Vector

Hello,
iI just learned that vector.h is not part of the avrg++ library.

So what do i do, when i need to use a "dynamic" array then?

Don't. That is not a good idea with 2K of RAM.

KeithRB:
Don't. That is not a good idea with 2K of RAM.

hmm. so then what's the general approach on the situations where you don't know the size of the array?

AZZ:
hmm. so then what's the general approach on the situations where you don't know the size of the array?

Allocate the maximum size that you can tolerate at compile time and only use what you need. Use a variable to specify the size instead of sizeof().

aarg:
Allocate the maximum size that you can tolerate at compile time and only use what you need. Use a variable to specify the size instead of sizeof().

i feel i'm going to be laughed at, but still i'll try:
why not to sizeof() ? sizeof operator - cppreference.com looks legit to me.

It is legit but not for this purpose. You need to know how much you have used, not what the maximum size is - you should already know the maximum size.
However, do NOT exceed the size of your Arduino's memory!

By the way, that was a valid question and I am not laughing.

vaj4088:
It is legit but not for this purpose. You need to know how much you have used, not what the maximum size is - you should already know the maximum size.
However, do NOT exceed the size of your Arduino's memory!

so i do need to learn the old style memalloc/free workflows to be able to work with the boards?

so i do need to learn the old style memalloc/free workflows

No; it's because malloc/free doesn't work well in low-memory systems that you need to avoid high-level containers like C++ vectors in the first place. You have to go back even further:

static const MAXPOINTS = 50;         // maximum number of points allowed
point_type mypoints[MAXPOINTS];  // static storage for all of them
int current_points = 0;       // how many points actually have been added

void add_point(point_type point)
{
   mypoints[current_points] = point;
   current_point += 1;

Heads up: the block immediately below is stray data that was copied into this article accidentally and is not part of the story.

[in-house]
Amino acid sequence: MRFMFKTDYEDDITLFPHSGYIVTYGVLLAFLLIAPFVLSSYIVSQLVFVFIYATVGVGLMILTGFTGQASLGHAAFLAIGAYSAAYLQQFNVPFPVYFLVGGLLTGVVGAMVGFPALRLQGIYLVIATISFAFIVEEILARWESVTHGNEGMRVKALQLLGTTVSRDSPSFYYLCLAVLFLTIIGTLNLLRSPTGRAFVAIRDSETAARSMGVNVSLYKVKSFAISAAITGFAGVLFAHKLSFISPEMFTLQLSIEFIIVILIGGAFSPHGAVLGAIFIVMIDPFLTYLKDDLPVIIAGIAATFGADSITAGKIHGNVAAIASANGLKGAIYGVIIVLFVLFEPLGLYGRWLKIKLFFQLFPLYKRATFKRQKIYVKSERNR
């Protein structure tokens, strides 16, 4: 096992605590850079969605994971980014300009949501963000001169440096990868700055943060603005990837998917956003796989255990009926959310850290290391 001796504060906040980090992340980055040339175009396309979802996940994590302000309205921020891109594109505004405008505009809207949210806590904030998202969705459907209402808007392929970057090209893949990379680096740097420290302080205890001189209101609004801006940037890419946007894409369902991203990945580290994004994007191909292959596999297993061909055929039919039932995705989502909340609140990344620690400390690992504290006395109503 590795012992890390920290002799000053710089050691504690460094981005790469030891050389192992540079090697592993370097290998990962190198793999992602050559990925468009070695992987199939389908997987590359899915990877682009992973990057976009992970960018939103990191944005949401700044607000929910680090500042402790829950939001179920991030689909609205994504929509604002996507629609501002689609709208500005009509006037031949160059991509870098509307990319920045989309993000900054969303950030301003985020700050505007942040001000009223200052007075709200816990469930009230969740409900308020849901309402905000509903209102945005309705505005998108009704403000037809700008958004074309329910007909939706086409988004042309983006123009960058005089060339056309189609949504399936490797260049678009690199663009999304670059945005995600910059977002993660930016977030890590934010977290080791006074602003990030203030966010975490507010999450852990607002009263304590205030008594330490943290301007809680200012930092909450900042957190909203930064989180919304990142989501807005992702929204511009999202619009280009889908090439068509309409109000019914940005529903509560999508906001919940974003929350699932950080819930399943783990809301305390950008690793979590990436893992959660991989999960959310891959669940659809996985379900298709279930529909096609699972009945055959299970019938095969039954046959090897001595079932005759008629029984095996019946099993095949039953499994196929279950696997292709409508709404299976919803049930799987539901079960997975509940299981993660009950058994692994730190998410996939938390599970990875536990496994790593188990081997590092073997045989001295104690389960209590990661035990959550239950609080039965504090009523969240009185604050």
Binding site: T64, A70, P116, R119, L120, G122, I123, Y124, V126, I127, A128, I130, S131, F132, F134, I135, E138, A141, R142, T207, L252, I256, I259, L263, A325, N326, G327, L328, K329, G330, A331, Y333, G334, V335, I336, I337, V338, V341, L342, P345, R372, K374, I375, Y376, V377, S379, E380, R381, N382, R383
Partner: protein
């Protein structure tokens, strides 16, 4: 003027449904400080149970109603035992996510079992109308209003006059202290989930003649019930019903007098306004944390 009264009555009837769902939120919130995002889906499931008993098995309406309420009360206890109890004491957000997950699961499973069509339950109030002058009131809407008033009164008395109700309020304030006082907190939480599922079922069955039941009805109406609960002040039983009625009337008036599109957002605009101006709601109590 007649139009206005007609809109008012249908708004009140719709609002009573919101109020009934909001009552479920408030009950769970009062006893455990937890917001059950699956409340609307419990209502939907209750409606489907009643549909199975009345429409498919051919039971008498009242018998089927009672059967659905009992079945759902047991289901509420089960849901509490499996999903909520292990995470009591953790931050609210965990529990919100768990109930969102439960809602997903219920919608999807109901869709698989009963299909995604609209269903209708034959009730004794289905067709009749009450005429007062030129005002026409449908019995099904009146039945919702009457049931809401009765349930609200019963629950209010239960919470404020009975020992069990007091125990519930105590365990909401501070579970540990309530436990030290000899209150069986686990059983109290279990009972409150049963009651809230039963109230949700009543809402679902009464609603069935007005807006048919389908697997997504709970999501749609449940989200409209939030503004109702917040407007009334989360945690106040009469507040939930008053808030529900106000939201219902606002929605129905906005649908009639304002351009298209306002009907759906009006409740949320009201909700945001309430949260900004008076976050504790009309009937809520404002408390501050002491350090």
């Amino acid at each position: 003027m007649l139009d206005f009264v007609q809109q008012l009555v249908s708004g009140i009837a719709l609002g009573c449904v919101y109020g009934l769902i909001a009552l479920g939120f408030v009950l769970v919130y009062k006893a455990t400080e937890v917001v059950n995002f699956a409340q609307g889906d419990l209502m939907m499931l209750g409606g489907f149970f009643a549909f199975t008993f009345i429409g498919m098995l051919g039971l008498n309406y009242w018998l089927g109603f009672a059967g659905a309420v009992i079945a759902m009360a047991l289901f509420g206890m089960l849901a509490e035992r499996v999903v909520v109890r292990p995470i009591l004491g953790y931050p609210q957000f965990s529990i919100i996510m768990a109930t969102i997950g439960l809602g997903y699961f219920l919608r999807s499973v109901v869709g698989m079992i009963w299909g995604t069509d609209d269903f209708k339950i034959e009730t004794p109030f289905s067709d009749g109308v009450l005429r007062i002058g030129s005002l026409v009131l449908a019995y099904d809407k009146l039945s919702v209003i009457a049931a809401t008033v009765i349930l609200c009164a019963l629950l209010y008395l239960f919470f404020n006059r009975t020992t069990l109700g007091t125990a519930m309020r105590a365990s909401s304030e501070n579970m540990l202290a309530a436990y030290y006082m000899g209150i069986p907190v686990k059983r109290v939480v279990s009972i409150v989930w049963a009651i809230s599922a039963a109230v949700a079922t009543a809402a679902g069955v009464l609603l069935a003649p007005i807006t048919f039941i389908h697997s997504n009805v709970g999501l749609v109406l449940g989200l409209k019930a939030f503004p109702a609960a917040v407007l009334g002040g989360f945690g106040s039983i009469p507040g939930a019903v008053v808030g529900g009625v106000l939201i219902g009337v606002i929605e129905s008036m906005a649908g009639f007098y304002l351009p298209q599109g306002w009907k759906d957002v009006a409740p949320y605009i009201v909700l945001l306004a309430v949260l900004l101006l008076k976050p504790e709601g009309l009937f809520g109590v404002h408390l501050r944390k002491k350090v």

}

(ok, maybe not THAT far back; you can wrap a nice C++ object around things. But the idea is to avoid any dynamic allocation of memory at all.)

westfw:
No; it's because malloc/free doesn't work well in low-memory systems that you need to avoid high-level containers like C++ vectors in the first place. You have to go back even further:

static const MAXPOINTS = 50;         // maximum number of points allowed

point_type mypoints[MAXPOINTS];  // static storage for all of them
int current_points = 0;      // how many points actually have been added

void add_point(point_type point)
{
  mypoints[current_points] = point;
  current_point += 1;
}




(ok, maybe not THAT far back; you can wrap a nice C++ object around things. But the idea is to avoid any dynamic allocation of memory at all.)

westfw:
No; it's because malloc/free doesn't work well in low-memory systems that you need to avoid high-level containers like C++ vectors in the first place. You have to go back even further:

static const MAXPOINTS = 50;         // maximum number of points allowed

point_type mypoints[MAXPOINTS];  // static storage for all of them
int current_points = 0;      // how many points actually have been added

void add_point(point_type point)
{
  mypoints[current_points] = point;
  current_point += 1;
}




(ok, maybe not THAT far back; you can wrap a nice C++ object around things. But the idea is to avoid any dynamic allocation of memory at all.)

got it . thank you!